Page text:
Step 6: LiveView Focusing in the Dark
To get focused using Live View, look for a bright star, the brightest one you can see. Right now there is one high in the sky called Vega, slightly to the east of overhead.
Start with your focus turned all the way to infinity -- it won't be perfect for astro pictures, but it will be close enough to get us ready to focus.
- Switch your camera to LiveView
- Point your camera at this bright star, and get it in the center box on your screen (1st image)
- Magnify the LiveView to 10x (2nd image); the star will be unfocused
- Watching the LiveView, make small manual adjustments to the focus until the star is as much like a point as you can get it (3rd image)
At this point you are focused. Do not change the focus!
Tip your camera down, and turn it toward the region of the sky where the comet is. You're ready to go!
(Author's Note: the hardest thing about making this Instructable was photographing the LiveView screen in the dark!)
Step 7: Take a Picture of the Comet!
Here are two pictures directly off the camera, without any processing.
1st Image: ISO 800, 3 second exposure
2nd Image: ISO 1600, 5 second exposure
These pictures were taken on two different nights, from slightly different locations in my backyard. I like the trees in the foreground, since they provide a little bit of composition, and help give the image a sense of scale.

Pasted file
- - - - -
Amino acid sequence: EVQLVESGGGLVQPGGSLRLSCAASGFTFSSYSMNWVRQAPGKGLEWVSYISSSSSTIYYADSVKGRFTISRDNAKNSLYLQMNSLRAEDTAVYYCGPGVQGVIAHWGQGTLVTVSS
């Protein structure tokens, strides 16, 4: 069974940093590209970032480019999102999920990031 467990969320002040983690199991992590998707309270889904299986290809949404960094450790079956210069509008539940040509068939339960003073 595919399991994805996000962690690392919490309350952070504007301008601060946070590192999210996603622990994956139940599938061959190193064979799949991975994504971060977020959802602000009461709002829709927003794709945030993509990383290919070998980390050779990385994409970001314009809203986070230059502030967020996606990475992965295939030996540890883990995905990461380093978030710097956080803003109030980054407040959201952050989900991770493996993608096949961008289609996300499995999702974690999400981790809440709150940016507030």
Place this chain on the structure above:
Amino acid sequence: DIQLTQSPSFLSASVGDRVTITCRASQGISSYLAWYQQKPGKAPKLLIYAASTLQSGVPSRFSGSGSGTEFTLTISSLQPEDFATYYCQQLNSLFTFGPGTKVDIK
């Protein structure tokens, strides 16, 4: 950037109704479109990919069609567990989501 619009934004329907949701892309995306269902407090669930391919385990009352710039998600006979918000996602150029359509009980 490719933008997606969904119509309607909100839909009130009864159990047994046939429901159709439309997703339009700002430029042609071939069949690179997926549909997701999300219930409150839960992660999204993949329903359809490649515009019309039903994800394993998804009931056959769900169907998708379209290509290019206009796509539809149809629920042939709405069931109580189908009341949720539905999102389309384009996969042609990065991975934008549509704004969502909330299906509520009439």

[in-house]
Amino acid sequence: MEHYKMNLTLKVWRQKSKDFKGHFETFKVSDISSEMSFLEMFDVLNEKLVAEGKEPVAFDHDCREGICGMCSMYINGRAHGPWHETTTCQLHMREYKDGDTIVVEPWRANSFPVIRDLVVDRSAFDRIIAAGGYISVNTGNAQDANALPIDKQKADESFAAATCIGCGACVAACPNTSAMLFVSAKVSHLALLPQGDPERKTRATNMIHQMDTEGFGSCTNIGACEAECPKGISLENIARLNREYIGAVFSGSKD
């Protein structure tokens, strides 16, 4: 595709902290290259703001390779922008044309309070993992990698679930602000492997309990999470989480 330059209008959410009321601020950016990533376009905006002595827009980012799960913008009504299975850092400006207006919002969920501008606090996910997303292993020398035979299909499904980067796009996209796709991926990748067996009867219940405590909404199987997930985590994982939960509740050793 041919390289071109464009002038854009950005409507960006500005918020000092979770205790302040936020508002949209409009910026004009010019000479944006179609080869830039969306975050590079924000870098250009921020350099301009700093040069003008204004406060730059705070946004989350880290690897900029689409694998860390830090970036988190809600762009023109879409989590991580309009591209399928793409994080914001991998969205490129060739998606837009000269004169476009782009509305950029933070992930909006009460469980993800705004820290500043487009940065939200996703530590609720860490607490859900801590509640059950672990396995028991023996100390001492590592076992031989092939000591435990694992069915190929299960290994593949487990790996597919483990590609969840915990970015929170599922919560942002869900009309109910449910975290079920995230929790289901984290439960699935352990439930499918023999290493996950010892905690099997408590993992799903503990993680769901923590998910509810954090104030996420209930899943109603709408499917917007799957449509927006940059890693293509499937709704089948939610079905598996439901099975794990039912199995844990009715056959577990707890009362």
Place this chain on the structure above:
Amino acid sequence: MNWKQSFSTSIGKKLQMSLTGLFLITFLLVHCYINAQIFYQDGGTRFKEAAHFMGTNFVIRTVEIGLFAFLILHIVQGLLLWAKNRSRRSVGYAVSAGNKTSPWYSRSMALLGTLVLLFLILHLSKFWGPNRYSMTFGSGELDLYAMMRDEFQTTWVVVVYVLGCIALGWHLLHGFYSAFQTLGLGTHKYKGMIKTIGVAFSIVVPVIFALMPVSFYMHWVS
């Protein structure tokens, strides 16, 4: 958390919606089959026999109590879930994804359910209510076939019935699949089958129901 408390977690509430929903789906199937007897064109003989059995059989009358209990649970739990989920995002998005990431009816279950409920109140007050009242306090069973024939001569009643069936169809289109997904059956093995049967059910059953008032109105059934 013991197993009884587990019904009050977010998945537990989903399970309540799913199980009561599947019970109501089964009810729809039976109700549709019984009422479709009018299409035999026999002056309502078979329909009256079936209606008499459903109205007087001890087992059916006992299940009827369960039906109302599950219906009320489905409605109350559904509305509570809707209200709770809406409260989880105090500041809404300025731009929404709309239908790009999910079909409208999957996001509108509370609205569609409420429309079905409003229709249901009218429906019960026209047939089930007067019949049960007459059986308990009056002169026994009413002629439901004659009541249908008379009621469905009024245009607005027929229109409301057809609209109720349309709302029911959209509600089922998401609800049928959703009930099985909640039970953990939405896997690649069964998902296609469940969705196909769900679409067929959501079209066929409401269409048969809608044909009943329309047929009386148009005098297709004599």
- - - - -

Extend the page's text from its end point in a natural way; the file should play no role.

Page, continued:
These images certainly show the comet, but a little post processing in a photo-editing program can improve the visibility.
Step 8: Adjusting Image Brightness
Programs like Photoshop can give you very precise and varied control over virtually every aspect of a digital image, but knowing what to do is mind-boggling if you are a beginner.
Fortunately, most comet images directly off your camera can benefit from simple adjustments of the levels. The images above are the same two images from the last step, but have been adjusted using the simple "Adjust Level" features in the Macintosh "Preview" Application. "Paint" or Image Viewing applications on Windows should have similar functionality (any Windows users reading this, let me know in the comments what to tell people!).
Under the Tools Menu, select "Adjust Color..." and the control window will pop up.
1st Image: In this image, I simply tapped "Auto Levels" and you can see the software blows the image out; I think it is trying to make the trees look good.
2nd Image: After tapping "Auto Levels", grab the three sliders over the "Auto Levels" button, and slide them back and forth. Generally I adjust the two on the right, and produce a good looking comet image!
3rd Image: Tapping the "Auto Levels" blows out the image
4th Image: Moving the sliders rebalances the image into a nice comet picture.
Step 9: Post Your Pictures!
That is everything I know about taking comet pictures! Try and take a few of your own, and send them to your family and post them to social media!
If you found this Instructable helpful, post your comet pictures in the comments!
I leave you with a few of my best Comet NEOWISE pictures -- check out the fireflies!
Happy Comet Hunting!
Runner Up in the